Greenhush – Introduction to the novel

The novel can be viewed by simply clicking on the Home page which comes up by clicking on the button with lines to the left or top of the screen.

The author reserves all rights, but please feel free to help break the taboo by circulating the novel.

Novel: GREENHUSH

By Robert Thorniley-Walker

MA(Oxon) CEng CEnv FICE FISructE MIHT IHBC FRSA

Institution of Civil Engineers NE Region Chair

A Syrian refugee, whose parents had the foresight to send her to Britain even before the start of the civil war, arrives at Oxford to study engineering. Looking for escapism in the make-belief worlds of Alice in Wonderland, Morse, Pullman and so many others, she discovers that her new apparently permanent and serene life is also an illusion. Discussion of global warming is effectively taboo, so that the looming dangers of climate change can be ignored. Escape for her is rowing, but a trip to North Yorkshire convinces her that she must act.

The serious moral, religious and scientific considerations are set within a light-hearted story, along the lines of ‘Bend it Like Beckham’, but within the sport world of bumps rowing. This is one of the first novels to address a subject that is already having a subtle impact around the world, with mass migration and extraordinary weather. It will get so much worse.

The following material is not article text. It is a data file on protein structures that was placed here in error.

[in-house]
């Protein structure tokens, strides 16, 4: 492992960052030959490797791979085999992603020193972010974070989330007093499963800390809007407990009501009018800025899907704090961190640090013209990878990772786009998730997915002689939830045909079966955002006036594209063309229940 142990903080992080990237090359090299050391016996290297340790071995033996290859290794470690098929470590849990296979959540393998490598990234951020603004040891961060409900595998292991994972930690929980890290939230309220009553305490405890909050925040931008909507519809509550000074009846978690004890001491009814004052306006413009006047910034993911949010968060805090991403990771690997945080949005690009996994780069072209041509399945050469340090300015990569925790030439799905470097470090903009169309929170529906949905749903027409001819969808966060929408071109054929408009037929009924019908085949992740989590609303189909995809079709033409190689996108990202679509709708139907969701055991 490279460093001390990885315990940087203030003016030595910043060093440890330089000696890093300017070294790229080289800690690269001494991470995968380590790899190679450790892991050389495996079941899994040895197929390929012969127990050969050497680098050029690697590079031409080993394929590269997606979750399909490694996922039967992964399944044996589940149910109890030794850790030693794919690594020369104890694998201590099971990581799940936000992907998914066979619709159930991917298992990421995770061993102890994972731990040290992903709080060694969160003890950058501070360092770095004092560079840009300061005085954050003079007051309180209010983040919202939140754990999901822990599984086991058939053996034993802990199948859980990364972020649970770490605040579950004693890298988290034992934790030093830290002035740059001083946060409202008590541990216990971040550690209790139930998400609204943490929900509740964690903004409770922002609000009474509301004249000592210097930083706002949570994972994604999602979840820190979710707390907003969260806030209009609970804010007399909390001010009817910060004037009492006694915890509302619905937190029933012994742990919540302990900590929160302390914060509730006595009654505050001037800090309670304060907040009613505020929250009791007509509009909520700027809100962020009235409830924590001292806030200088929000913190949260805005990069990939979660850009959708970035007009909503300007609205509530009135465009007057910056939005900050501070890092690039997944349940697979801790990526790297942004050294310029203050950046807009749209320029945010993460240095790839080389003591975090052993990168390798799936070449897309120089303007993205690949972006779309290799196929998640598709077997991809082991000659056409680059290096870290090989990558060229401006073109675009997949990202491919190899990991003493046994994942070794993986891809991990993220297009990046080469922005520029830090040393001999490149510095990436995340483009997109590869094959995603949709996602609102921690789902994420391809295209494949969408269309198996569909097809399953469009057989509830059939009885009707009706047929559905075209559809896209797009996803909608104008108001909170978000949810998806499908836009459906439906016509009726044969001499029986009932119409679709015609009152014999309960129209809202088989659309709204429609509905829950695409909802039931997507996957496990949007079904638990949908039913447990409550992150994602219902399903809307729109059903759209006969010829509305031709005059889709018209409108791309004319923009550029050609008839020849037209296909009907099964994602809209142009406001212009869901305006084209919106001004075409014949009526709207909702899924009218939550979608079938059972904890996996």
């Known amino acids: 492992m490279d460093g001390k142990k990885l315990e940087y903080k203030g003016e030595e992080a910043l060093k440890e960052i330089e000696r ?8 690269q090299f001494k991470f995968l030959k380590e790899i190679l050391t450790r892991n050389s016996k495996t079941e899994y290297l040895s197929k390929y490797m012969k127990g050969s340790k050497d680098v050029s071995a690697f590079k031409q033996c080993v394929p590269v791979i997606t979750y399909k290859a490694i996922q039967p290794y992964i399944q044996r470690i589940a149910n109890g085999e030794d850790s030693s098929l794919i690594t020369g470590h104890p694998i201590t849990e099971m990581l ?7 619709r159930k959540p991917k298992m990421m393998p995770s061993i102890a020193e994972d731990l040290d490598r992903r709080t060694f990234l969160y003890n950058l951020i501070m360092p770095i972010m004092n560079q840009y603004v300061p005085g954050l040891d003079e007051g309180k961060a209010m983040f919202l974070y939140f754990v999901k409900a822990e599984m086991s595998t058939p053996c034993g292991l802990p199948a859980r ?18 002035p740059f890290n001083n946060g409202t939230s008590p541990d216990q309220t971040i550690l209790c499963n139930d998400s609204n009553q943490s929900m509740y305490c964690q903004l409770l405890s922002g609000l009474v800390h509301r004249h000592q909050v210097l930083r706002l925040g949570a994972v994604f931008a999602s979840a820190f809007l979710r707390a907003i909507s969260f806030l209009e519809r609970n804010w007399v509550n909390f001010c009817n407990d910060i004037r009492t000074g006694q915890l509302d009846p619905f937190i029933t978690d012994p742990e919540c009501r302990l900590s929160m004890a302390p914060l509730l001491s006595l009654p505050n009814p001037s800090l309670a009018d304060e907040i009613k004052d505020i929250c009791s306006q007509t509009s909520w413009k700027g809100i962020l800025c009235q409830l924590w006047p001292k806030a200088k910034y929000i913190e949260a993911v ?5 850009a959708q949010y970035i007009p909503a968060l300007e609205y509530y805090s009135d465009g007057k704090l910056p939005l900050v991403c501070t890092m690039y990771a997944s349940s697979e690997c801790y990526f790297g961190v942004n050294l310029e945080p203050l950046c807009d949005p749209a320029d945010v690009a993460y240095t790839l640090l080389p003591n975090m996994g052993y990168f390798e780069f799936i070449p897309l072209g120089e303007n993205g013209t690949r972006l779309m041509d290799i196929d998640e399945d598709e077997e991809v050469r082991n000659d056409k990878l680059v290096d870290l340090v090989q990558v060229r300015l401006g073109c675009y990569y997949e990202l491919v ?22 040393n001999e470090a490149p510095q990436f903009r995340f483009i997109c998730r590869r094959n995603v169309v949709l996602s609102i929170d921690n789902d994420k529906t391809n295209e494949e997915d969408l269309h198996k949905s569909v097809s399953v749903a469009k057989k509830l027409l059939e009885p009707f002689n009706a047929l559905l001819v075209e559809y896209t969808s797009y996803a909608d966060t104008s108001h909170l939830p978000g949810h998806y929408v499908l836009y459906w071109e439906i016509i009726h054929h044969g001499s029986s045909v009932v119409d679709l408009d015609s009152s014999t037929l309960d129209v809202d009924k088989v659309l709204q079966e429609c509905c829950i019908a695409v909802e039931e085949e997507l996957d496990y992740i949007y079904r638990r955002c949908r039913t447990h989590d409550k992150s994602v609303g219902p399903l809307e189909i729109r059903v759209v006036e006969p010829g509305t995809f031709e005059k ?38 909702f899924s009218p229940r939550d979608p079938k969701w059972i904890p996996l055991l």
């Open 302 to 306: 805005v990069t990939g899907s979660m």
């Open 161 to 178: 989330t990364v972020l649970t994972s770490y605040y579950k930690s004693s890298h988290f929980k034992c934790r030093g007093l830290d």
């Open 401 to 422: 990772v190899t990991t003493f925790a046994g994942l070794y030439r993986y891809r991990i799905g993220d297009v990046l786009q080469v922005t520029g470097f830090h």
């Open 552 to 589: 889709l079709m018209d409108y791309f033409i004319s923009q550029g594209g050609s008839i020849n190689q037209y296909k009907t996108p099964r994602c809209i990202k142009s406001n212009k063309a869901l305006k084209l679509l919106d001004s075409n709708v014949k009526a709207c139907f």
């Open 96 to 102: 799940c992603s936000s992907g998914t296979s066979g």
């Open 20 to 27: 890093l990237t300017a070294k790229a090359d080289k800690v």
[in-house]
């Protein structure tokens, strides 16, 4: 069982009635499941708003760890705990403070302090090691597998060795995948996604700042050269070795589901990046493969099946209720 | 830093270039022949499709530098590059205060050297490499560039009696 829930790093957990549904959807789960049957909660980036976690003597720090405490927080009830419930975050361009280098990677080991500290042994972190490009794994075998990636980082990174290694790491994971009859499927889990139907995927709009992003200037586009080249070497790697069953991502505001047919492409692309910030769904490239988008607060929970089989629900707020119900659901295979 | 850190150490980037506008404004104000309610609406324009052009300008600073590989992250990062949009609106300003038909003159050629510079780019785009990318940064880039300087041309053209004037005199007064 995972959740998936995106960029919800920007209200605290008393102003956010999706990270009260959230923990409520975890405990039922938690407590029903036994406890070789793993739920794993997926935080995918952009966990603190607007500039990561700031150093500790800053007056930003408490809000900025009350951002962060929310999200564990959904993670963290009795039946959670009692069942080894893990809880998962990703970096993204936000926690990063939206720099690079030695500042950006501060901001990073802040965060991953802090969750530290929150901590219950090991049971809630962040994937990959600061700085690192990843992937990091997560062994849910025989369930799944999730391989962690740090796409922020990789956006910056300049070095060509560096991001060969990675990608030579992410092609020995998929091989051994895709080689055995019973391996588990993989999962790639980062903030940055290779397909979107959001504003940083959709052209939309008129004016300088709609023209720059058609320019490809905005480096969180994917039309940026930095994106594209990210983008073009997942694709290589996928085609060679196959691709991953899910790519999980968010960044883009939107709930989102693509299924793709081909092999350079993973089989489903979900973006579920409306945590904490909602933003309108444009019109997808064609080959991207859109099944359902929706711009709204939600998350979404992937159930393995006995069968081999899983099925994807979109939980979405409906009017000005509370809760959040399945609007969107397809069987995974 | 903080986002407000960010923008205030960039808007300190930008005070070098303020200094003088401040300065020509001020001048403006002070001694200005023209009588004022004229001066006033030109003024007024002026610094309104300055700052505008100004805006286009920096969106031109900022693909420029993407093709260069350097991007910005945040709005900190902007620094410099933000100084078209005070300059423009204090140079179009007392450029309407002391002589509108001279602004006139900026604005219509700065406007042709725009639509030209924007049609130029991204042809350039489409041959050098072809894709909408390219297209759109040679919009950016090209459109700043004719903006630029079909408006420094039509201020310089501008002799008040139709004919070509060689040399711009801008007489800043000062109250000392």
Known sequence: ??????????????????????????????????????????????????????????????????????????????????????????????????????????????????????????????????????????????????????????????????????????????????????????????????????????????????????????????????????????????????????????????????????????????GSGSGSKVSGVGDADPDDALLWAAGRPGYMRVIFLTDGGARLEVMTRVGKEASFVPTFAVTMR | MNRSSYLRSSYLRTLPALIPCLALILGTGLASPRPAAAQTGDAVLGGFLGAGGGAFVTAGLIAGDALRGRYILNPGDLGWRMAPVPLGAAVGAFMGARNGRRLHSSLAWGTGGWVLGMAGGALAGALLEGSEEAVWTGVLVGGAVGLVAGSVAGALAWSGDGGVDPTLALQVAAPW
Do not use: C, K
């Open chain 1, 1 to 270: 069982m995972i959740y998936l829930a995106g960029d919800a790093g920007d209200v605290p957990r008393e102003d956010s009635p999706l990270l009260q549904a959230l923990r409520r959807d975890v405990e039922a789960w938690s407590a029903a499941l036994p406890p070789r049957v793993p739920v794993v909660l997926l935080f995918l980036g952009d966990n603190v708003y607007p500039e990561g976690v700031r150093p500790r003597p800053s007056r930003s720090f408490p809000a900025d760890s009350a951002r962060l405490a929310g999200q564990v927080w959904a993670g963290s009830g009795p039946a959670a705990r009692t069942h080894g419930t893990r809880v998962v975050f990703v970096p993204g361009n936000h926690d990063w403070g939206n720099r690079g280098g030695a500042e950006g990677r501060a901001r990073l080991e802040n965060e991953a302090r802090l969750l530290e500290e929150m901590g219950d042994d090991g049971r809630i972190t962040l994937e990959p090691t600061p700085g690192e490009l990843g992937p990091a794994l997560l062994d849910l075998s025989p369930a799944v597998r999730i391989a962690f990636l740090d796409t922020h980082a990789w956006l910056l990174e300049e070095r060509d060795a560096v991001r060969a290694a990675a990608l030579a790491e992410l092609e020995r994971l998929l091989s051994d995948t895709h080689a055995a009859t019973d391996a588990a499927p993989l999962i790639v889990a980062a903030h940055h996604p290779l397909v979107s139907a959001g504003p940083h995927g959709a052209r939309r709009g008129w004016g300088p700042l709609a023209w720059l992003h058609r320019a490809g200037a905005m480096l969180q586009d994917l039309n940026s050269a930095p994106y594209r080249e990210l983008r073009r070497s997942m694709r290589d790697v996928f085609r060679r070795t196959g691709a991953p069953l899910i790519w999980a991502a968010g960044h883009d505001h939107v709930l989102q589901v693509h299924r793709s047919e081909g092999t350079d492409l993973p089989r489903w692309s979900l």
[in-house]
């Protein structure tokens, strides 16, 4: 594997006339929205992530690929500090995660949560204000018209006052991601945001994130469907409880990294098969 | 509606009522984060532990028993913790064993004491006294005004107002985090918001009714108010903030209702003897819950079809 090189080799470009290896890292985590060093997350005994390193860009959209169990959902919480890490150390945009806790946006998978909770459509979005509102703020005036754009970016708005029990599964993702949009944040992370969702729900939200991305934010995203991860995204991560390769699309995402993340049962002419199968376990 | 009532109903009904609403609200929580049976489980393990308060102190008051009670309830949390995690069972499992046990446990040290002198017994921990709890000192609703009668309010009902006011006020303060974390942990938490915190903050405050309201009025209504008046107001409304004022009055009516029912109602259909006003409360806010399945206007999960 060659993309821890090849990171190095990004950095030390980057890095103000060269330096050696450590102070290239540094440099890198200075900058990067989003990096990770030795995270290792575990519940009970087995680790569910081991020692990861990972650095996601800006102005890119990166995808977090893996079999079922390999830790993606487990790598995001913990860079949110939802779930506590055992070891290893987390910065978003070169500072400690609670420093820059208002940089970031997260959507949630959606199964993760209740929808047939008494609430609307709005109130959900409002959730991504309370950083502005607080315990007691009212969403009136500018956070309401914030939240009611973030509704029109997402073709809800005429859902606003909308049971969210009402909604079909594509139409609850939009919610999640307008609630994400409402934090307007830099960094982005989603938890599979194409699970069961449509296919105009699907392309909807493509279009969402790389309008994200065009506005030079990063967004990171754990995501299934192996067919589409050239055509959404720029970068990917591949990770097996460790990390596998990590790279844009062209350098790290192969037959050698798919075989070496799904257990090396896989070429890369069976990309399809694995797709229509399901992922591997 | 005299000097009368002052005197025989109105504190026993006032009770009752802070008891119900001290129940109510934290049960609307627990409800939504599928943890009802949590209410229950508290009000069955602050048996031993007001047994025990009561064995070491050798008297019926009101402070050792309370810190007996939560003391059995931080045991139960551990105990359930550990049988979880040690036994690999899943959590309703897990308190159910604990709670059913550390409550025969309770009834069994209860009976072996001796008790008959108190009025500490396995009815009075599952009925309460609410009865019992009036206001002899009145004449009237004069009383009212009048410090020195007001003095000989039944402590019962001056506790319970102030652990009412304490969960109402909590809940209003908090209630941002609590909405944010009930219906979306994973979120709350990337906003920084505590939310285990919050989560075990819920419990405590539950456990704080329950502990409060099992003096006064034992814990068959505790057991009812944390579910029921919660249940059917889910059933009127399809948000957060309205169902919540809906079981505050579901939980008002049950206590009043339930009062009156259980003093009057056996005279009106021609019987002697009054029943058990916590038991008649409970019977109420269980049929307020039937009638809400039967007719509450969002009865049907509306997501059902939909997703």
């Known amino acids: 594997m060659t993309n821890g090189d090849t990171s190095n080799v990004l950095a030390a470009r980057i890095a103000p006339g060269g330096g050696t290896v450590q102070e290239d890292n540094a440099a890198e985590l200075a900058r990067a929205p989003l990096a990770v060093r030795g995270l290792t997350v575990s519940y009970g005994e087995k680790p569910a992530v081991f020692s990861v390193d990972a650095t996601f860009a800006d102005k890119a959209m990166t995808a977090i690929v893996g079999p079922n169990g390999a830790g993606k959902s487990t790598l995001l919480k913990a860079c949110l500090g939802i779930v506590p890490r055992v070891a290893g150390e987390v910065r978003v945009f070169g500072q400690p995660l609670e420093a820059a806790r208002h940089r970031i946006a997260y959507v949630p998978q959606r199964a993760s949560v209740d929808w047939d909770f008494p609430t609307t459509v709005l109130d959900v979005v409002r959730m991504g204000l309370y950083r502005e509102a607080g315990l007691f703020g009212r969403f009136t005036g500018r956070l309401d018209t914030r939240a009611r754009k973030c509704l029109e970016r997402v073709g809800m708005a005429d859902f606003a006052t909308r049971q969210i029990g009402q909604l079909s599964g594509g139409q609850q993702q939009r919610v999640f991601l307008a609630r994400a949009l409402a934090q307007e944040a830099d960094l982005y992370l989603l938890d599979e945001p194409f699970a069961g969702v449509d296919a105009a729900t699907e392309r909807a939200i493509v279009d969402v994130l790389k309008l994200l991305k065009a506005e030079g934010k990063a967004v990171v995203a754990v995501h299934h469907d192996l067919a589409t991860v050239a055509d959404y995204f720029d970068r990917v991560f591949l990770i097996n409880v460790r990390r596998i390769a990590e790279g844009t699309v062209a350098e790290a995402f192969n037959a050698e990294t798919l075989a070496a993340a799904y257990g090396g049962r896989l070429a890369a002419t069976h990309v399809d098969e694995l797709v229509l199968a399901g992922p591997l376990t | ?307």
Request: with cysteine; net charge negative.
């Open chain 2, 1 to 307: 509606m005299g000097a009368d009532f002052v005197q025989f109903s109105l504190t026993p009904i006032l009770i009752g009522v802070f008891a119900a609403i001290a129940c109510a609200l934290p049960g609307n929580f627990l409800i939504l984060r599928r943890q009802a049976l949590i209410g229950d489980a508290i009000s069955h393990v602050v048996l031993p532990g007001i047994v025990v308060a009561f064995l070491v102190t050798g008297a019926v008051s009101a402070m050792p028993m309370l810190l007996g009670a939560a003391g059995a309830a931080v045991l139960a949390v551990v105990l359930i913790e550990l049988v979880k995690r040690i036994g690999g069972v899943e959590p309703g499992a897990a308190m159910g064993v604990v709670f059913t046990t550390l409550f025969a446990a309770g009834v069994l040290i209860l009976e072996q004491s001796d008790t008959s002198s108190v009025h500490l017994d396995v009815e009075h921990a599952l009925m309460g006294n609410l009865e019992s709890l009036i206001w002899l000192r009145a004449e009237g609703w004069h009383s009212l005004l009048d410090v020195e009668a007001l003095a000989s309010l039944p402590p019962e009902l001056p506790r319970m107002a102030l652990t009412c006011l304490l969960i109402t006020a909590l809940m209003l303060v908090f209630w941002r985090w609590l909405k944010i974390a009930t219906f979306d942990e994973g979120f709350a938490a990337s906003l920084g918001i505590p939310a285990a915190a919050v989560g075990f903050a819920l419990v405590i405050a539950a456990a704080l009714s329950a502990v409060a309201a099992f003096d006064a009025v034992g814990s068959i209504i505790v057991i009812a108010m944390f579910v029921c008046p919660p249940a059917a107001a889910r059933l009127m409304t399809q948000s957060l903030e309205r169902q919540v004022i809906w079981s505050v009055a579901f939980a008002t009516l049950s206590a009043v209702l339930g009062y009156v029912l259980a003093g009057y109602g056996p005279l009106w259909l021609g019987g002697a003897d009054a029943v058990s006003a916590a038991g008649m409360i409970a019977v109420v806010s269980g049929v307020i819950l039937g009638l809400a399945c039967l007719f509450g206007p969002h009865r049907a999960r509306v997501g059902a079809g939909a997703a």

The author is a catholic and a senior civil engineer, who challenges current sceptical or fatalistic views that it is acceptable not to assess the risks associated with global warming. The story is deliberately set within the crusty backdrop of dreaming spires and Yorkshire’s ancient moorland cultures.

The plot has been written over several years and has been repeatedly overtaken by events. It is published in its current form to prevent further delays. Each month of inaction will be regretted in years to come. Chapters marked v1 have not been edited – so many apologies.

The author, who helped build the Thames Barrier to safeguard London, sees that science and engineering can no longer protect the developed world against the effects of climate change, especially as we are so set on making things so much worse than necessary.

Similarly, the predicted civil war in Syria now drags on, and much of the previously safe cosmopolitan and ancient city of Aleppo now consists of inhabited ruins. The girl from Aleppo is therefore no longer a victim of over-cautious parents, but has now become an orphan, a war refugee and almost another cliché.

I hope you find the novel interesting.

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